31 January 2007 | Paul Snell
Controlling maverick spend remains a minor issue for procurement professionals managing indirects, a report claims.
A study, published last week by research firm NelsonHall, revealed that over half of companies thought reducing costs and managing large numbers of suppliers were the bigger challenges of indirect procurement. Only 23 per cent of the 326 global companies surveyed said controlling maverick spend was a major issue. The report claimed this was because companies were prioritising improvements in supplier management instead.
The report also said that a lack of investment, expertise and interest meant indirect procurement was still at "a low stage of process maturity". In most companies it is not centralised, with only a third of firms using a shared service centre. This is despite 70 per cent of companies indicating their wish to implement one before the process is outsourced.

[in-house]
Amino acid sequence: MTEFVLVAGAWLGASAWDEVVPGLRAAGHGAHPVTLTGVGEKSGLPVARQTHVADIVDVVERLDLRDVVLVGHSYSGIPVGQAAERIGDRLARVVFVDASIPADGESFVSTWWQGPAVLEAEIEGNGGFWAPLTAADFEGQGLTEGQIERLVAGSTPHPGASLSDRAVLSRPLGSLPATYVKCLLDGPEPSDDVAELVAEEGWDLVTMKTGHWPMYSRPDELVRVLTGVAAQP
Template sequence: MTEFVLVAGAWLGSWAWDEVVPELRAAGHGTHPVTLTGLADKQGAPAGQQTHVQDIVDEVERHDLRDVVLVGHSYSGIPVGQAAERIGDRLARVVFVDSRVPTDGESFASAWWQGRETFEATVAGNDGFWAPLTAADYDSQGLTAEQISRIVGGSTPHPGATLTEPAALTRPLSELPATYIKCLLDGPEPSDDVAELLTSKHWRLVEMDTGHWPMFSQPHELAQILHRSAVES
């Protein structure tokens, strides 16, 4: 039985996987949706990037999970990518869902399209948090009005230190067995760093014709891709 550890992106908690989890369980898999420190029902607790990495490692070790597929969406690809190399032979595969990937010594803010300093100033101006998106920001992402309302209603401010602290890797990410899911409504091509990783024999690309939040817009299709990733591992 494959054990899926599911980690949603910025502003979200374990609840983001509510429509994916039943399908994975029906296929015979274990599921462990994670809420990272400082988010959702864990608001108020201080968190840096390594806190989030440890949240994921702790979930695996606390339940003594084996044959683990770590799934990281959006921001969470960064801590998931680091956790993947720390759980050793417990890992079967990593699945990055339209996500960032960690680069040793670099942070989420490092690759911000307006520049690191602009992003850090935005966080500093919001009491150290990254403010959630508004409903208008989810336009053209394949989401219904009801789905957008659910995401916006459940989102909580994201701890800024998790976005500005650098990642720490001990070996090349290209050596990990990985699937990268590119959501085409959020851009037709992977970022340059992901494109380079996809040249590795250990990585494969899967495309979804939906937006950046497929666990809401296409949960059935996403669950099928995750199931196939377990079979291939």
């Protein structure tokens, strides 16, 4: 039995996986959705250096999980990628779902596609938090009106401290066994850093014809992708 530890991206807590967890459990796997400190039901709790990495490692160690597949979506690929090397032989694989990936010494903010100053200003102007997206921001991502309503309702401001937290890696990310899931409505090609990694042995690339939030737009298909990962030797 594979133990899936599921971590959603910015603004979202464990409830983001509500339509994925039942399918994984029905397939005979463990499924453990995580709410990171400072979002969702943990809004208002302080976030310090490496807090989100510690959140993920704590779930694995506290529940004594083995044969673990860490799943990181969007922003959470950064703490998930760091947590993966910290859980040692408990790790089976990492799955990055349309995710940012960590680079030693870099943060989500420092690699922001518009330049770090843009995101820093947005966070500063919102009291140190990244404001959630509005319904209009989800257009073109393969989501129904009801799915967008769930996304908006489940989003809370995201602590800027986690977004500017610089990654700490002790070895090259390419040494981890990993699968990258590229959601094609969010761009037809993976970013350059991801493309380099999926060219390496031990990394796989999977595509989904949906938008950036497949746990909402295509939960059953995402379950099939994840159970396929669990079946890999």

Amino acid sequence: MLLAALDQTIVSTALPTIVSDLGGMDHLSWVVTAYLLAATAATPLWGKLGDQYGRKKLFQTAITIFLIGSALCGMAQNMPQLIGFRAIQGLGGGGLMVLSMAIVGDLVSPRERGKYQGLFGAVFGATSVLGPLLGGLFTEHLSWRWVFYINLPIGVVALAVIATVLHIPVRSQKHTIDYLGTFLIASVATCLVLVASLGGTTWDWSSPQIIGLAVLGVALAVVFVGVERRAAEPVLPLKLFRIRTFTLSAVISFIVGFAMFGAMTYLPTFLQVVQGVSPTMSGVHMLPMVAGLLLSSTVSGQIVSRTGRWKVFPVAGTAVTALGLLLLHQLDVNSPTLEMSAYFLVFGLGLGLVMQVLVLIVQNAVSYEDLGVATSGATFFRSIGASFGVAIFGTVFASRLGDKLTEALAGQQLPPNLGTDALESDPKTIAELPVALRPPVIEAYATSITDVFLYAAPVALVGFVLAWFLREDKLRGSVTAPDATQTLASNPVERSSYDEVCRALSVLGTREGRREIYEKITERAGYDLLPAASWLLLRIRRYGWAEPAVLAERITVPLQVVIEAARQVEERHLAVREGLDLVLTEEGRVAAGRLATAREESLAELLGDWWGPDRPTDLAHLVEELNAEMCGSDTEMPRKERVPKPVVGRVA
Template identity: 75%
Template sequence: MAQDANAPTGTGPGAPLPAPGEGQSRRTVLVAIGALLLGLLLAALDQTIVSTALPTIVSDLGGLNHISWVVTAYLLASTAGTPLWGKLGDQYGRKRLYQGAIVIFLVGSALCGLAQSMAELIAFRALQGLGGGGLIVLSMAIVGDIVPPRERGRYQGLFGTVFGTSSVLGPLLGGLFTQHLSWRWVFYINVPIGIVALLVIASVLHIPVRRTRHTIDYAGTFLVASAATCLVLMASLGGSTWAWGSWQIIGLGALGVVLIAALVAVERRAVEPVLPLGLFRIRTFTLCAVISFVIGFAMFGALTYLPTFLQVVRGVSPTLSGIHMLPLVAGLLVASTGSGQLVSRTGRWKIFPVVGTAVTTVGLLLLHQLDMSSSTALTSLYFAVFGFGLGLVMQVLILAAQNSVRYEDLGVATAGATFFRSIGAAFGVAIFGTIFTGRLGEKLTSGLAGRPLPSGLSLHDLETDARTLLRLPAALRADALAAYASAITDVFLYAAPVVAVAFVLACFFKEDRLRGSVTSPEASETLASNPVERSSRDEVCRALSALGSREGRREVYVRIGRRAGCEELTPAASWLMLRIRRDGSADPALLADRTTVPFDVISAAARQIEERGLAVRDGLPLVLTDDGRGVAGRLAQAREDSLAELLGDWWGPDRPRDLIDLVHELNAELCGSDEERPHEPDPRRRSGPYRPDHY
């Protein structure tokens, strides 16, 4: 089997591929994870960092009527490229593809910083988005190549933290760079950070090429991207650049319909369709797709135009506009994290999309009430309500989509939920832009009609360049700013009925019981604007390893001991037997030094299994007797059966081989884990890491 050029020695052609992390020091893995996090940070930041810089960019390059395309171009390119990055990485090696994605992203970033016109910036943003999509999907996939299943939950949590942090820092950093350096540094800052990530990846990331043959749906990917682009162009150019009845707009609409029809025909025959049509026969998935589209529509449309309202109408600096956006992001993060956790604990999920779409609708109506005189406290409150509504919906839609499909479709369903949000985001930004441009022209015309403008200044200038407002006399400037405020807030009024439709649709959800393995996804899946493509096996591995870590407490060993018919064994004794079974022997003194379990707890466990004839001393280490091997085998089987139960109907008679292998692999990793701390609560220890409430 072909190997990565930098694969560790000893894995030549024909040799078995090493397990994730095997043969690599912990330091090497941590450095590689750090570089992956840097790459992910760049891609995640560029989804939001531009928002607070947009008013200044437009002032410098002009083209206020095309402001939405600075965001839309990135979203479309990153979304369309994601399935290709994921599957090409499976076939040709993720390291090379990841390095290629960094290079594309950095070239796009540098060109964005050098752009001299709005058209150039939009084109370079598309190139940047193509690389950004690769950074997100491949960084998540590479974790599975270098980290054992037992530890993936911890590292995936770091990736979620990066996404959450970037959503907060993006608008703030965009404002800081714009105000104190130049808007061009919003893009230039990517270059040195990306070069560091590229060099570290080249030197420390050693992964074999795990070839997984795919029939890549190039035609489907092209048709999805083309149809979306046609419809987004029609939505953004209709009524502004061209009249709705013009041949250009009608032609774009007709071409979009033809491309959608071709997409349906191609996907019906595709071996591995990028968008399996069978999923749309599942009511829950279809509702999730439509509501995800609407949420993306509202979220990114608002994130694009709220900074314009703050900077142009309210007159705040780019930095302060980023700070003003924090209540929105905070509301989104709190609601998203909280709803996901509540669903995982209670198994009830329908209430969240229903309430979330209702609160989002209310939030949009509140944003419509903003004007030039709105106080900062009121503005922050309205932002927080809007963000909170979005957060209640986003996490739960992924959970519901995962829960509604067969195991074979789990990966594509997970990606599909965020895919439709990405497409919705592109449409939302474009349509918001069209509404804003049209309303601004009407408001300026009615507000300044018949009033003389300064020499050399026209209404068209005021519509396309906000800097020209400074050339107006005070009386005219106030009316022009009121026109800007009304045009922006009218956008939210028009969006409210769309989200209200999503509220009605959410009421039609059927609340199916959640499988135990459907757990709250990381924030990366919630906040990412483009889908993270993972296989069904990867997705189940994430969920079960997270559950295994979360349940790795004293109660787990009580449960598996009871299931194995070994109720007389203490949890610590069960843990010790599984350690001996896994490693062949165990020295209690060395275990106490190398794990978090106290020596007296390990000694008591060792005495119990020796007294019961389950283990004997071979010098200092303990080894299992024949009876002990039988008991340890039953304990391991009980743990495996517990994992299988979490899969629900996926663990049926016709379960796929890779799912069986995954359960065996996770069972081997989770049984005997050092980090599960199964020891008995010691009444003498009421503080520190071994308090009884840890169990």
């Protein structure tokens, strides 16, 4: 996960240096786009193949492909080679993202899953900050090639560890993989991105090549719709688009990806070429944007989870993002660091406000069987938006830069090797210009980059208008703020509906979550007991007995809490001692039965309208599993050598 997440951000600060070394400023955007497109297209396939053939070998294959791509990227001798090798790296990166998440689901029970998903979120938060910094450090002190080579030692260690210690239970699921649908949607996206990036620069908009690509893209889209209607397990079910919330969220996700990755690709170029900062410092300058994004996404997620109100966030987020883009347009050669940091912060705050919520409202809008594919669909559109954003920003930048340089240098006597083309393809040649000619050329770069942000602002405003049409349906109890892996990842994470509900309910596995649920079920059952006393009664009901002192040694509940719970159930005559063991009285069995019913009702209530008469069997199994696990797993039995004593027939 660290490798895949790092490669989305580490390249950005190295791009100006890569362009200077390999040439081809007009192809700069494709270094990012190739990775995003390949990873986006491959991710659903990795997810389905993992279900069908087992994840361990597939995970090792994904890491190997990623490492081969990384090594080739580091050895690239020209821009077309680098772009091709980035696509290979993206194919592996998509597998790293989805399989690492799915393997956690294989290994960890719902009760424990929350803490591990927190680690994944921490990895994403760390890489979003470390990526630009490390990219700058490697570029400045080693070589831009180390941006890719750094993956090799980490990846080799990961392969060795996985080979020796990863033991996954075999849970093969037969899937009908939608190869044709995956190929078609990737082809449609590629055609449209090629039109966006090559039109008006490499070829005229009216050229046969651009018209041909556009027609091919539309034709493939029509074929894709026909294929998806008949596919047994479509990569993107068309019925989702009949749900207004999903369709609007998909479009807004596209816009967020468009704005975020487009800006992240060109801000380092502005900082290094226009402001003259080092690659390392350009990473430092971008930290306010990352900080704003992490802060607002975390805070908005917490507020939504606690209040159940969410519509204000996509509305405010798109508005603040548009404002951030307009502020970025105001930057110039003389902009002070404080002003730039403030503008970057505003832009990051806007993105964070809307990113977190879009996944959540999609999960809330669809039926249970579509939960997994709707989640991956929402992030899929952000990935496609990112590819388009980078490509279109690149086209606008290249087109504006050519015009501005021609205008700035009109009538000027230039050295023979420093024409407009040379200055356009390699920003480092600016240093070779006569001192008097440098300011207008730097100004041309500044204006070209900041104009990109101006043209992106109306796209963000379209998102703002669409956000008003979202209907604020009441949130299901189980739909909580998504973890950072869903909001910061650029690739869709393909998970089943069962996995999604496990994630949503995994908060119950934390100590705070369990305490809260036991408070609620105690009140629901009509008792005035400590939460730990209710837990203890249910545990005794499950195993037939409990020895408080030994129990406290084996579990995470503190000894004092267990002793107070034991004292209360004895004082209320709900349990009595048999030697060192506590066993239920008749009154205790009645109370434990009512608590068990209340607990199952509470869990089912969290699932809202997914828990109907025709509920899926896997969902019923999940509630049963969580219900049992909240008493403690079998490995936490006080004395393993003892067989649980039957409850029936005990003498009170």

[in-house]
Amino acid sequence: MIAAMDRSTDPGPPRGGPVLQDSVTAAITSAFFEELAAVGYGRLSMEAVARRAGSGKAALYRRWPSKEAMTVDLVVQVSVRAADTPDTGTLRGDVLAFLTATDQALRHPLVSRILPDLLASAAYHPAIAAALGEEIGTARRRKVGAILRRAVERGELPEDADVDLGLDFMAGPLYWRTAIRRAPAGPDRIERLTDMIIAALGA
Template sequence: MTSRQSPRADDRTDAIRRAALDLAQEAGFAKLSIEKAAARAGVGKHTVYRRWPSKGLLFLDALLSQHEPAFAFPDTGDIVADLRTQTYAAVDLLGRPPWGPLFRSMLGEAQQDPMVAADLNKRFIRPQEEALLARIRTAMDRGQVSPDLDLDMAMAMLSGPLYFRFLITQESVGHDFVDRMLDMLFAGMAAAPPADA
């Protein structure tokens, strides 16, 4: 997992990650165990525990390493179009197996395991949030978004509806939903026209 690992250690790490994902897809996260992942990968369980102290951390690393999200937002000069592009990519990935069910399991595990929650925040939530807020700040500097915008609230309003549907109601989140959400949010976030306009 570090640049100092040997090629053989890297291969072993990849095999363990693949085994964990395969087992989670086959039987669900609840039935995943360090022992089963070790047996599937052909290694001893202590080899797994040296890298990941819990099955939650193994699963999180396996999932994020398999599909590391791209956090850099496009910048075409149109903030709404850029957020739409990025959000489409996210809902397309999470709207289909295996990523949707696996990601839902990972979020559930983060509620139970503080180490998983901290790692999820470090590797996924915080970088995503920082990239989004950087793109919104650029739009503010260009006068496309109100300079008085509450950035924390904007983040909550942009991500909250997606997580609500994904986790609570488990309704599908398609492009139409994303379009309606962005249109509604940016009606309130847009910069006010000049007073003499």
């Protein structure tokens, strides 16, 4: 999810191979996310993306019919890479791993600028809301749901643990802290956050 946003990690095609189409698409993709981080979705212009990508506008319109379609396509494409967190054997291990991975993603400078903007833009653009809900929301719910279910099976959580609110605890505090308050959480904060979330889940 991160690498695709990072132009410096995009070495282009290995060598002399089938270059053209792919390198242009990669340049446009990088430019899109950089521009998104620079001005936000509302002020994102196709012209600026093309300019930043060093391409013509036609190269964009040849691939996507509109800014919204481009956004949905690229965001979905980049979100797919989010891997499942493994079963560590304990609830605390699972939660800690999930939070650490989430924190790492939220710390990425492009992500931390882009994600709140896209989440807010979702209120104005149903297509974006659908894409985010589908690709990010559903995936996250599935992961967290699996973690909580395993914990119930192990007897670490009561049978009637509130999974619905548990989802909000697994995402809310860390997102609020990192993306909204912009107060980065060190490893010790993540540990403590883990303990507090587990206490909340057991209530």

The survey claimed that outsourcing the whole indirect procurement process was still rare, a finding that echoed previous studies (News, 4 January). Sourcing and category management is often separated from the purchase-to-pay process, with specialist providers in each area.
Reducing process costs (84 per cent of companies), accelerated sourcing times (79 per cent) and the improved ability to manage supplier performance (78 per cent) were cited as the top three reasons for outsourcing indirect procurement.